21212, a proper looker of a restaurant, sits up on the Royal Terrace, a ten minute scoot from the centre of E’burg. The Michelin lot bestowed it with a twinkler in 2010. For the flush amongst us, there are bedrooms, too.
Pre-scran drinks in the luxe drawing room may sound a bit Downton but make for a good chance to have a nosey at the handsome decor – this place has been lovingly and sympathetically restored – as well as being a timely reminder to stick the Euro millions on at the weekend.
‘21212’ alludes to the concise menu offering: just 2 choices of starter, main and dessert with soup and cheese in the ‘1’ slots. Menu-ditherers, be gone.
We choose to fill the boots on all but the soup, because, well; soup. That said, given the inventiveness of the rest of the menu it’s unlikely that you’d get a plain old bowl of steaming cock-a-leekie here. See for yer sen:
Course, in the wrong hands this ‘busy’ way of cooking could all go a bit amateur Masterchef; but, thankfully, there’s enough about this bunch to bring it all together into a satisfying, wink-wink display of technique, texture and flavour.
The truffle blanquette was a breezy bowl of stuff that haven’t been arsed around with too much; in this case earthy duxelles, delicate gigli pasta and a creamy, crunchy coleslaw. We’re meant to point and laugh at foams now, I know, but this one of coriander was cracking and bought the lot together.
Elsewhere, a meaty piece of salmon got a tad lost amongst everything else; we ended up referring back to the menu/crib-sheet to identify – geekily and unsuccessfully – the constituent parts. Only a slight misfire: we still troughed it.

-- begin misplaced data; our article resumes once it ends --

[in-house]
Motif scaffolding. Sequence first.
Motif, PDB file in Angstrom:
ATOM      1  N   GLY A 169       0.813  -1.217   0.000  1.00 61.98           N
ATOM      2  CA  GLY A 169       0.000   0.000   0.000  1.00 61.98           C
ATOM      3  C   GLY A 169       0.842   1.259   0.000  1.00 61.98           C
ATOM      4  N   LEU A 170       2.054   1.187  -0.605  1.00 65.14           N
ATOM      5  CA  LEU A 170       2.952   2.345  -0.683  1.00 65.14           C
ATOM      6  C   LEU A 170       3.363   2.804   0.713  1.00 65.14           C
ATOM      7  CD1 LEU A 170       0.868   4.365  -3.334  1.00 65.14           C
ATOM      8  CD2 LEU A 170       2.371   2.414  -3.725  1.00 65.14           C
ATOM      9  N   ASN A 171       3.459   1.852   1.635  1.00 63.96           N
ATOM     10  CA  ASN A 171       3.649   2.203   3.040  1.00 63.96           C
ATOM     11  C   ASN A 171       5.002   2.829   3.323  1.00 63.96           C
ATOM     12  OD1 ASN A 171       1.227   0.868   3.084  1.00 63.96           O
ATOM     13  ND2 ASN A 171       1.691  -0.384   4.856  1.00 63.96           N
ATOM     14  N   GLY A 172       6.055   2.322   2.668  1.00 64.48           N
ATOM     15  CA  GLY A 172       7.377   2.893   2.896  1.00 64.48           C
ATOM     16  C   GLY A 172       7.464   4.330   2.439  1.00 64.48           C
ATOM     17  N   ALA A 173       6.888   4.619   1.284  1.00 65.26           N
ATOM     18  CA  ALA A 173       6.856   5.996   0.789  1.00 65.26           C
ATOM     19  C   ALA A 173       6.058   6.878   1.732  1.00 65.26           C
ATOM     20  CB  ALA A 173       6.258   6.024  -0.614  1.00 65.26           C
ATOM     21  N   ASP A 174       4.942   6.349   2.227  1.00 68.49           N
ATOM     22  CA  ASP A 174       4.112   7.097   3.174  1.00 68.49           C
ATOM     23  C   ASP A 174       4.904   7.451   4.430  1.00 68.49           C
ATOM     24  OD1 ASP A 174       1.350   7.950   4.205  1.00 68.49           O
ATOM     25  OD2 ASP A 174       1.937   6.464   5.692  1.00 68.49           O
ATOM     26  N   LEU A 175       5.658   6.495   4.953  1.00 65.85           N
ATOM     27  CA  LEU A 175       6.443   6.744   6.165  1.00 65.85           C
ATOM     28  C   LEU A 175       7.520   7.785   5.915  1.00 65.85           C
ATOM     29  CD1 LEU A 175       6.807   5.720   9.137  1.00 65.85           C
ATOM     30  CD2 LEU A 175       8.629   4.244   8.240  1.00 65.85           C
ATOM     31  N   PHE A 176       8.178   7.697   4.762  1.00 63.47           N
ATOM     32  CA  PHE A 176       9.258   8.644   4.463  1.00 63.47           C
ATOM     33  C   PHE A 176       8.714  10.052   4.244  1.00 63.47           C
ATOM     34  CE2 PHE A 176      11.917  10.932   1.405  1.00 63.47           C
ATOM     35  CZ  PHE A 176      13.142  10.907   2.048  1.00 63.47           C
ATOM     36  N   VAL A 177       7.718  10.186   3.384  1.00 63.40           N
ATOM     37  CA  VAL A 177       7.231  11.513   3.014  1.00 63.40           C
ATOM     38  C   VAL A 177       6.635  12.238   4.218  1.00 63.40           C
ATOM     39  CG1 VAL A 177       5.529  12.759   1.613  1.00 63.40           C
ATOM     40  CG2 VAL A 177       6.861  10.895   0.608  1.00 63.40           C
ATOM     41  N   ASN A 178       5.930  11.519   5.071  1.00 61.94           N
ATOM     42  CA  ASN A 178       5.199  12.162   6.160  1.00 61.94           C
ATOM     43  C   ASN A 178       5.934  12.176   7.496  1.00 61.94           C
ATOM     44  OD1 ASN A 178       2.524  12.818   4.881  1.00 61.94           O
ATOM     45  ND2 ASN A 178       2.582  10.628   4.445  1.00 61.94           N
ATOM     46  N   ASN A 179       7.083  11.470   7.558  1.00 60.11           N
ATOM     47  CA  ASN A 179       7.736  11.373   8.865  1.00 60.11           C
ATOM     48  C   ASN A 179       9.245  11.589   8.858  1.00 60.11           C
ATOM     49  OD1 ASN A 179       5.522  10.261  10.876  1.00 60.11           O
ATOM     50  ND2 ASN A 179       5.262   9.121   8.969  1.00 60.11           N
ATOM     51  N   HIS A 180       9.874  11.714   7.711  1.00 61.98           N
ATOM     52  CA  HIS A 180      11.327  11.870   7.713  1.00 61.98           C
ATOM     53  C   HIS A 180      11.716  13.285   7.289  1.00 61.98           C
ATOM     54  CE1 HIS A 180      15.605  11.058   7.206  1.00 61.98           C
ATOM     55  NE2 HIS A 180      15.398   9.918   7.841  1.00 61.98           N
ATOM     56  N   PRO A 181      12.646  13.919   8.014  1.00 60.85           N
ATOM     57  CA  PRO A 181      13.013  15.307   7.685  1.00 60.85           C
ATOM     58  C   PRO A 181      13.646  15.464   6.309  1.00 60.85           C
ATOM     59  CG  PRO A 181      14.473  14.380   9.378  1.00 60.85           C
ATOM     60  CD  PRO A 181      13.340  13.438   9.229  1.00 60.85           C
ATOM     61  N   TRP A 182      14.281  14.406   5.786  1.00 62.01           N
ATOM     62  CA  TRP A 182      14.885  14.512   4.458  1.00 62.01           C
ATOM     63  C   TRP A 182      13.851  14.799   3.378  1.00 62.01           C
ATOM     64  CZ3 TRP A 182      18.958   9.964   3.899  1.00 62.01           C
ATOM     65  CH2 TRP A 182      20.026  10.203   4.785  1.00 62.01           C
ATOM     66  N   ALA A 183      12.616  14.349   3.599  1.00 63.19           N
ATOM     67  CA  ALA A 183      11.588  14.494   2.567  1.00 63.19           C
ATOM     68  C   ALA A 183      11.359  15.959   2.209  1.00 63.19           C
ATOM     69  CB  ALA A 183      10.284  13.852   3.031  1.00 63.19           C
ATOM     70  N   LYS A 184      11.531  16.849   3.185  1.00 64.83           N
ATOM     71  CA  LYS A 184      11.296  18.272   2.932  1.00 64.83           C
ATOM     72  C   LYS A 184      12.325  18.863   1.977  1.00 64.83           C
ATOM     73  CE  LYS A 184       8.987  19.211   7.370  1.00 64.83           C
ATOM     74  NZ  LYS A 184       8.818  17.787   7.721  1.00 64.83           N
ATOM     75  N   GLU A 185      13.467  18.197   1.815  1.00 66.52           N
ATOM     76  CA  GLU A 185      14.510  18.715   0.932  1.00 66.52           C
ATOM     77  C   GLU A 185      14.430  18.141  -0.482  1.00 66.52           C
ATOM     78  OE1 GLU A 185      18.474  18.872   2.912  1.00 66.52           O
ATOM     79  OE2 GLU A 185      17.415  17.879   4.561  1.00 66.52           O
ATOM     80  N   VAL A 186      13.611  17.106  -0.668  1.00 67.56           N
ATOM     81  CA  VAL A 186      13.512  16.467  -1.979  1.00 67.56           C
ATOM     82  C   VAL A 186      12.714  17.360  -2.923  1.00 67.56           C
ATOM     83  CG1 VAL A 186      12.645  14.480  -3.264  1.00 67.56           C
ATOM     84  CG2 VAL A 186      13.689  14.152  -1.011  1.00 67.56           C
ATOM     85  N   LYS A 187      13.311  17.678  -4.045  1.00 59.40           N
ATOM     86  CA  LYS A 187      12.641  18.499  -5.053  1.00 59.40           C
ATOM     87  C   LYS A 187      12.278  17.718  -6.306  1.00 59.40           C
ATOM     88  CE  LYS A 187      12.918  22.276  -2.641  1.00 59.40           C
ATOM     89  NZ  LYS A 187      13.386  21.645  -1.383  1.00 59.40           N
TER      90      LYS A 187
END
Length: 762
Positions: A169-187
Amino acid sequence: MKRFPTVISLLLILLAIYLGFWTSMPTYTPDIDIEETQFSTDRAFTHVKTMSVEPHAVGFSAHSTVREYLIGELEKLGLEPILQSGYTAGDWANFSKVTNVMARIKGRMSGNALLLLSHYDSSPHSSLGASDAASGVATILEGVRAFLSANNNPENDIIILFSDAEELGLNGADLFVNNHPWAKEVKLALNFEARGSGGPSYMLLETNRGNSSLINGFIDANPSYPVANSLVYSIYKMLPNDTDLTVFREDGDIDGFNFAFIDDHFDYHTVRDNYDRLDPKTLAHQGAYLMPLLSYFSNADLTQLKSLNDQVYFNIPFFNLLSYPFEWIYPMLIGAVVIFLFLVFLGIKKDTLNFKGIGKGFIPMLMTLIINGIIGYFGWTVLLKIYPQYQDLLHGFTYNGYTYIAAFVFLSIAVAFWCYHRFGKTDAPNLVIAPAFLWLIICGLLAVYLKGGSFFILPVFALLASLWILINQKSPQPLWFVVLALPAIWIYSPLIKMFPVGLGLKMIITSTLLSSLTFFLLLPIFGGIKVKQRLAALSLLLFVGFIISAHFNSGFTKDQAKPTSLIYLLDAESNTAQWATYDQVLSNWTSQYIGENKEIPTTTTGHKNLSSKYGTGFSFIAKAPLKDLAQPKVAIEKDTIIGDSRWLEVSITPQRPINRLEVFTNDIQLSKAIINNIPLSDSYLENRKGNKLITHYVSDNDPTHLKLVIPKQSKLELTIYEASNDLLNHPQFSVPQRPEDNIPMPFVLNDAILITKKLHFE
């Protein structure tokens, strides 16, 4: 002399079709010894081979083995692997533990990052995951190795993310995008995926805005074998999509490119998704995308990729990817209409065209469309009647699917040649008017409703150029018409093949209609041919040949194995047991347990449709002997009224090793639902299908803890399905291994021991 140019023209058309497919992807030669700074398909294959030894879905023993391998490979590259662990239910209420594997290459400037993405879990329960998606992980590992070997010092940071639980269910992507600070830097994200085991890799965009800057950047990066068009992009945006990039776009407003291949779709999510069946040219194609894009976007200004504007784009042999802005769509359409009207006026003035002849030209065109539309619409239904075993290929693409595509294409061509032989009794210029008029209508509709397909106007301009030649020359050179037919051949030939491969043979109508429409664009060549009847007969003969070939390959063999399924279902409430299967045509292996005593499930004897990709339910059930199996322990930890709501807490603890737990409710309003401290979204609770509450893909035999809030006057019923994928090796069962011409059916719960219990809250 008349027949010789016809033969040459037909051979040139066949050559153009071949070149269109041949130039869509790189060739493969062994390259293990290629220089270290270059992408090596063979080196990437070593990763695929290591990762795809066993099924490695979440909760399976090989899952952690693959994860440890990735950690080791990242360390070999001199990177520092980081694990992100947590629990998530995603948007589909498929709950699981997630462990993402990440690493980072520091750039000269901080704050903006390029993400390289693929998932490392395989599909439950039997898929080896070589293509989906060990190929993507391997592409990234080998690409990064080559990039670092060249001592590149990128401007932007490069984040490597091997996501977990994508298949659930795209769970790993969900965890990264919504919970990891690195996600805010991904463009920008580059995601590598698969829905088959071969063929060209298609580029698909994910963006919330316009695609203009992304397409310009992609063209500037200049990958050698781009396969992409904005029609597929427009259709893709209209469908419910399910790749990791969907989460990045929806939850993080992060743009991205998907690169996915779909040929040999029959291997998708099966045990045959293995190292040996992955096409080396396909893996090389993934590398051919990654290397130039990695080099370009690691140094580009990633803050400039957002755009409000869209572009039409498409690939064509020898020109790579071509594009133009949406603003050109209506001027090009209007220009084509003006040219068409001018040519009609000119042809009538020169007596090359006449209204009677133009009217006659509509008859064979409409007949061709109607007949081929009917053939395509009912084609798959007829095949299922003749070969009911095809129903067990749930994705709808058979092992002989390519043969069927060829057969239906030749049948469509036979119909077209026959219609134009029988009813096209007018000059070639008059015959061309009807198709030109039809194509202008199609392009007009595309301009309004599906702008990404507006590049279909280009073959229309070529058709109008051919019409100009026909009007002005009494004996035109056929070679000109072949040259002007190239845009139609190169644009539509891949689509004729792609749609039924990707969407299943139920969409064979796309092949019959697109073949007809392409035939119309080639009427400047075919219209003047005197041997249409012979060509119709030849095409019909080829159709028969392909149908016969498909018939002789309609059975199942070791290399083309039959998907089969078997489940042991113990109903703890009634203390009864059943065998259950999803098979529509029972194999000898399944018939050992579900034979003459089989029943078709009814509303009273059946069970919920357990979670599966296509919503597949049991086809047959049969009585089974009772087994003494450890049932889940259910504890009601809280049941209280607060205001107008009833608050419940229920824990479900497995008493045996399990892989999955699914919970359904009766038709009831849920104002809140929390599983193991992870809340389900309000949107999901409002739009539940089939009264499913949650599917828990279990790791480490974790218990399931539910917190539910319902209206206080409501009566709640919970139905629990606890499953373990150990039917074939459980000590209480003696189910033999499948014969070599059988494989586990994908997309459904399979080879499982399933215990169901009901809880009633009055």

Main courses brought a more united culinary front, and we stopped trying to tick off each ingredient, instead getting on with the task in hand, namely: necking the stuff.
A soy sauce laced mayo was plate-lickingly moreish; the slab of trout it dressed was fresh and light. Walnut and cauliflower added toothy bite.
Our maiden visit to the Box Tree a couple of years ago introduced us to the best piece of chicken we’d ever had the pleasure of pushing into our faces. You know the drill: low and slow sous vide; hot pan; butter.
The chunk we got here – tender, fibrous – was its equal. Like the Robson and Jerome conundrum, we couldn’t pick a favourite. Diced, frazzled chunks of gammon will only ever add goodness.
Nice touch with the cheese: they give you tons of it. This saves you the double headed ballache of having to pick just a couple and, worse, trying to pronounce Rigotte de Condrieu, or similar, as if you know what you’re talking about. You get the lot, here, and it’s an array of the good stuff.
A wispy chocolate rice pudding with savoury sesame snaps did the business as matters came to a close, but the winning dessert was the riff on creme brulee.
Here be crunchy meringue and (Crunchie) honeycomb; rich, thick custard and a sharp thwack of blackberry to deglaze the gob. Worked a treat.
The semi-open kitchen looks like a jolly place to work, with chefs switching, in a beat, from jovial lolzy-bantz to eyes-down, hushed graft. Out front, the lady running the show looks after things with relaxed authority; it might look dead posh but you’re not made to feel at all plebby.
Let’s face it, 21212 might give the meat and two veg purists a bit of a fright, but fear ye not. Look beyond that enigma-code menu, load your fork with a bit of everything and you’ll go home satisfyingly full.
Lunch costs from £22-£55 depending how hungry you are, which is a right do for this standard. Competitive, too, given some of the catch-all places to be found in the centre.
Prices increase a bit for dinner (tea).